doi:10.1371/journal.pmed.1001280
PMCID: PMC3413710  PMID: 22899894
17.  West Nile Virus workshop: scientific considerations for tissue donors 
Cell and Tissue Banking  2011;13(3):499-511.
This report contains selected excerpts, presented as a summary, from a public workshop sponsored by the American Association of Tissue Banks (AATB) held to discuss West Nile Virus (WNV) and scientific considerations for tissue donors. The daylong workshop was held 9 July 2010 at the Ritz-Carlton Hotel at Tyson’s Corner in McLean, Virginia, United States (U.S.). The workshop was designed to determine and discuss scientific information that is known, and what is not known, regarding WNV infection and transmission. The goal is to determine how to fill gaps in knowledge of WNV and tissue donation and transplantation by pursuing relevant scientific studies. This information should ultimately support decisions leading to appropriate tissue donor screening and testing considerations. Discussion topics were related to identifying these gaps and determining possible solutions. Workshop participants included subject-matter experts from the U.S. Food and Drug Administration, the Centers for Disease Control and Prevention, U.S. Department of Health and Human Services, Health Canada, the Public Health Agency of Canada, AATB-accredited tissue banks including reproductive tissue banks, accredited eye banks of the Eye Bank Association of America, testing laboratories, and infectious disease and organ transplantation professionals. After all presentations concluded, a panel addressed this question: “What are the scientific considerations for tissue donors and what research could be performed to address those considerations?” The slide presentations from the workshop are available at: http://www.aatb.org/2010-West-Nile-Virus-Workshop-Presentations.
doi:10.1007/s10561-011-9282-0
PMCID: PMC3432212  PMID: 22134724
West Nile Virus; Tissue donor; Allograft; Research; Risk; Transmission
18.  Cotinine analytical workshop report: consideration of analytical methods for determining cotinine in human body fluids as a measure of passive exposure to tobacco smoke. 
A two-day technical workshop was convened November 10-11, 1986, to discuss analytical approaches for determining trace amounts of cotinine in human body fluids resulting from passive exposure to environmental tobacco smoke (ETS). The workshop, jointly sponsored by the U.S. Environmental Protection Agency and Centers for Disease Control, was attended by scientists with expertise in cotinine analytical methodology and/or conduct of human monitoring studies related to ETS. The workshop format included technical presentations, separate panel discussions on chromatography and immunoassay analytical approaches, and group discussions related to the quality assurance/quality control aspects of future monitoring programs. This report presents a consensus of opinion on general issues before the workshop panel participants and also a detailed comparison of several analytical approaches being used by the various represented laboratories. The salient features of the chromatography and immunoassay analytical methods are discussed separately.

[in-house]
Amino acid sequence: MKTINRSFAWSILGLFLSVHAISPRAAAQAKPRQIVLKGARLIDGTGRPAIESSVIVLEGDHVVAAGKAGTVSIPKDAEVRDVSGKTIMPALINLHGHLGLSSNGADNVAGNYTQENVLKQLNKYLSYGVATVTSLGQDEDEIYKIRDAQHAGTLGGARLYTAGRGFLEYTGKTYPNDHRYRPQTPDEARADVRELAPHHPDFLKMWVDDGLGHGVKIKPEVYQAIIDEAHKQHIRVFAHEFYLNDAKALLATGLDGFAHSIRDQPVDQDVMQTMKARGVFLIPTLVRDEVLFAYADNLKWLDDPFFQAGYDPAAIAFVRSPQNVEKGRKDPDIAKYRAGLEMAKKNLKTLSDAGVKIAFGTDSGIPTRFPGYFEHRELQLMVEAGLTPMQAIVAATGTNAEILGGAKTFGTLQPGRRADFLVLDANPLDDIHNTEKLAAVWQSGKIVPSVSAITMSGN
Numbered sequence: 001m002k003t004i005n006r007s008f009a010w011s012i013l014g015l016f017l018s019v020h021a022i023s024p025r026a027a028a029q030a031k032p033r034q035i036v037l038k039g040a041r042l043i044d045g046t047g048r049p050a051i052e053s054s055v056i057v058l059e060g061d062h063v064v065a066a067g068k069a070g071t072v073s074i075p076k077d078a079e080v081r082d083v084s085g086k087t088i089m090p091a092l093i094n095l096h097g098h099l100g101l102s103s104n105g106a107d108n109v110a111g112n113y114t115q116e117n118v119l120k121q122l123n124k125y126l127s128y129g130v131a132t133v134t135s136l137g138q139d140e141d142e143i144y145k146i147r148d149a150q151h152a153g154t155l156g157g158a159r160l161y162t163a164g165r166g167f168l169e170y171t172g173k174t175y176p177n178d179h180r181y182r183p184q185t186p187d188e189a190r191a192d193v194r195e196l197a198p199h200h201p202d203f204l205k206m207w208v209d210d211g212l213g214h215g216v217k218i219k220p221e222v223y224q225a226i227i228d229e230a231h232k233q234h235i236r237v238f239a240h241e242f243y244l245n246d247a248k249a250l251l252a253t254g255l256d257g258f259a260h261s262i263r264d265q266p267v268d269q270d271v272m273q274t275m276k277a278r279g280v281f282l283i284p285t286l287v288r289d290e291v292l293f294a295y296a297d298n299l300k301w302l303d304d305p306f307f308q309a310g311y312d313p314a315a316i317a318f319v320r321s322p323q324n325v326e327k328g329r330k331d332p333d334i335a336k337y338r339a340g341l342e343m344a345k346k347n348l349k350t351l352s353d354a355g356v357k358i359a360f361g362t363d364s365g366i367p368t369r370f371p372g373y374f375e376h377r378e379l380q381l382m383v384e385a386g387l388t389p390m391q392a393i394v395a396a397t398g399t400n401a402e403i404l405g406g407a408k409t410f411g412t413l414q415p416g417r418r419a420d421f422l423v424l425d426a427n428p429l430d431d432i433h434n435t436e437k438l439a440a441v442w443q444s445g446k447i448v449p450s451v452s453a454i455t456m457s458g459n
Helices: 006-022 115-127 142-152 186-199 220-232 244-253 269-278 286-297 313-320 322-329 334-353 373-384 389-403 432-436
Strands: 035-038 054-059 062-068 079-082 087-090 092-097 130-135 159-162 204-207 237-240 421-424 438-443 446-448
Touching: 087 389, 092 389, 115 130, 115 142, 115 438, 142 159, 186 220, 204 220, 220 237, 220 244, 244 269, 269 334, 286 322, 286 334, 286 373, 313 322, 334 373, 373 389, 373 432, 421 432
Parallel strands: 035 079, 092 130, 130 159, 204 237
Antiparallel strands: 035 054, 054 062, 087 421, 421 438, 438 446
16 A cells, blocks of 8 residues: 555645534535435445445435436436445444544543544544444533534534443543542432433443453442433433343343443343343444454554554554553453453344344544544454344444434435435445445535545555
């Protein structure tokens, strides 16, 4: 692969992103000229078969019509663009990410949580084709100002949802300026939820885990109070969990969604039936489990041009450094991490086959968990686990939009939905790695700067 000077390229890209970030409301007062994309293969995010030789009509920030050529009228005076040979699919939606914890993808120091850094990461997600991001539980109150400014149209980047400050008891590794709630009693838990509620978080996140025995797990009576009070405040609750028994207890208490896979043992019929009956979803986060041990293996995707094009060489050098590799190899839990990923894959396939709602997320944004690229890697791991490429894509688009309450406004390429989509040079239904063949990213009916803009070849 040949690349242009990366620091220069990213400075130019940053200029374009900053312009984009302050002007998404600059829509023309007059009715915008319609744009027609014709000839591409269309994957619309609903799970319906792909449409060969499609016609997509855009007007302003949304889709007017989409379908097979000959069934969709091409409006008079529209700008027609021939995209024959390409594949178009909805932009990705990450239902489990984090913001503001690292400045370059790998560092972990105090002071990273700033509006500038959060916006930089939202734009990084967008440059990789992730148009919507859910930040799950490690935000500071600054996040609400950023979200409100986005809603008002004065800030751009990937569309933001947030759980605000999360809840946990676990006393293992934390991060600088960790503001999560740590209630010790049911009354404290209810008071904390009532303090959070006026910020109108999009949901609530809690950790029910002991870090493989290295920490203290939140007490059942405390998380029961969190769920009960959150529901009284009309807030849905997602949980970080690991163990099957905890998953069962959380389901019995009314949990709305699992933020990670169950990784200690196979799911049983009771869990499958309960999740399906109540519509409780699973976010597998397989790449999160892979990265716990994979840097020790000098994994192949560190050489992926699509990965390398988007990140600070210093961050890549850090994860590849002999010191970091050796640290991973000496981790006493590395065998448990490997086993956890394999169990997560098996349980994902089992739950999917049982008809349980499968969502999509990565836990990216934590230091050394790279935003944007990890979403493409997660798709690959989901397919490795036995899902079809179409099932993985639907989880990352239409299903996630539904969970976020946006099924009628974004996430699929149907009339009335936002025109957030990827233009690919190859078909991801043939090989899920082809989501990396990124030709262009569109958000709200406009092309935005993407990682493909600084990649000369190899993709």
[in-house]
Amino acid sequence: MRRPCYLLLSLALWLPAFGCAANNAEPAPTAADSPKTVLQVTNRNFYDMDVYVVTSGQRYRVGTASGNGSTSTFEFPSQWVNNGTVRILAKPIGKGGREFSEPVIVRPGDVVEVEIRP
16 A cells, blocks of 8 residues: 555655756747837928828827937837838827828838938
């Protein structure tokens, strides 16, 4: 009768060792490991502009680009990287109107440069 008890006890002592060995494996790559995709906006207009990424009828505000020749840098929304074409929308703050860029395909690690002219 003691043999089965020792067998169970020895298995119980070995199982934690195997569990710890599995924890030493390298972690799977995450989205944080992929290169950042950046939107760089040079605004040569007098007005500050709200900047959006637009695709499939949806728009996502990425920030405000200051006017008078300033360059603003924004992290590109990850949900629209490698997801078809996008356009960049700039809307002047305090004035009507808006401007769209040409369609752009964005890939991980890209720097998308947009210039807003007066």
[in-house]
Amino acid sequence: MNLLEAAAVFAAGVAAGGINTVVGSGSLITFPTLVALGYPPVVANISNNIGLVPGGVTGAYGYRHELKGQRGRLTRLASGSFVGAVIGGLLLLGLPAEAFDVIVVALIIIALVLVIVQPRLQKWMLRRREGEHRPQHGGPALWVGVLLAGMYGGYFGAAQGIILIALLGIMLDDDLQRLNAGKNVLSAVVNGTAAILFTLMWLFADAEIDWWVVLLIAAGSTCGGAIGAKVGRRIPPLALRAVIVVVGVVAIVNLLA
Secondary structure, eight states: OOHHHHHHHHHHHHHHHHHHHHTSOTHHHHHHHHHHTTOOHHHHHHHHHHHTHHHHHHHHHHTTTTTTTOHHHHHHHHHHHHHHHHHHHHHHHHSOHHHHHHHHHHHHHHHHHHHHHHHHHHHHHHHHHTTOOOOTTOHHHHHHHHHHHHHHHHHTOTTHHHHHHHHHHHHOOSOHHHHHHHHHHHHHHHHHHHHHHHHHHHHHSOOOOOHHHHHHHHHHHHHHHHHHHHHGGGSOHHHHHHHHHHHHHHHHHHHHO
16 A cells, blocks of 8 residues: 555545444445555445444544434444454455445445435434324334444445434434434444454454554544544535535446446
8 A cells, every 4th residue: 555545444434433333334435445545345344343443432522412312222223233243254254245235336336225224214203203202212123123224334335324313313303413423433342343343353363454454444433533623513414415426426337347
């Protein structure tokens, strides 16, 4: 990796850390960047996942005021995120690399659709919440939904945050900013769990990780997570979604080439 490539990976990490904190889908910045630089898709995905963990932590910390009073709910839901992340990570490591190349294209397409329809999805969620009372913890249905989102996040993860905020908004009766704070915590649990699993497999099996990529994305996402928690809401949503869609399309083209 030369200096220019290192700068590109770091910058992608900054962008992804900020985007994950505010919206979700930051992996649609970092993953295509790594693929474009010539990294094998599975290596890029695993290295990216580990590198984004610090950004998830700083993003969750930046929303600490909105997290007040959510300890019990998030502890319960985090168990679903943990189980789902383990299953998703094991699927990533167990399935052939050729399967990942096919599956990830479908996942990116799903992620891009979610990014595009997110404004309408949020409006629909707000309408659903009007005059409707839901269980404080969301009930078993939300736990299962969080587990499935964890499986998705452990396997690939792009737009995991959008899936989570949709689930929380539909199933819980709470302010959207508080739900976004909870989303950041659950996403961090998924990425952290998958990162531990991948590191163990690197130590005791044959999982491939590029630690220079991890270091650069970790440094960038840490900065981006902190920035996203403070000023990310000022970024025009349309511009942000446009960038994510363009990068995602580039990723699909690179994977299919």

PMCID: PMC1567638  PMID: 2190812
19.  Summary Workshop Report: Facilitating Oral Product Development and Reducing Regulatory Burden Through Novel Approaches to Assess Bioavailability/Bioequivalence 
The AAPS Journal  2012;14(3):627-638.
This summary workshop report highlights presentations and over-arching themes from an October 2011 workshop. Discussions focused on best practices in the application of biopharmaceutics in oral drug product development and evolving bioequivalence approaches. Best practices leverage biopharmaceutic data and other drug, formulation, and patient/disease data to identify drug development challenges in yielding a successfully performing product. Quality by design and product developability paradigms were discussed. Development tools include early development strategies to identify critical absorption factors and oral absorption modeling. An ongoing theme was the desire to comprehensively and systematically assess risk of product failure via the quality target product profile and root cause and risk analysis. However, a parallel need is reduced timelines and fewer resources. Several presentations discussed applying Biopharmaceutics Classification System (BCS) and in vitro–in vivo correlations in development and in post-development and discussed both resource savings and best scientific practices. The workshop also focused on evolving bioequivalence approaches, with emphasis on highly variable products (HVDP), as well as specialized modified-release products. In USA, two bioequivalence approaches for HVDP are the reference-scaled average bioequivalence approach and the two-stage group-sequential design. An adaptive sequential design approach is also acceptable in Canada. In European Union, two approaches for HVDP are a two-stage design and an approach to widen Cmax acceptance limits. For some specialized modified-release products, FDA now requests partial area under the curve. Rationale and limitations of such metrics were discussed (e.g., zolpidem and methylphenidate). A common theme was the benefit of the scientific and regulatory community developing, validating, and harmonizing newer bioequivalence methodologies (e.g., BCS-based waivers and HVDP trial designs).
doi:10.1208/s12248-012-9376-z
PMCID: PMC3385831  PMID: 22684402
20.  Small Bowel Transplant 
EXECUTIVE SUMMARY
Objective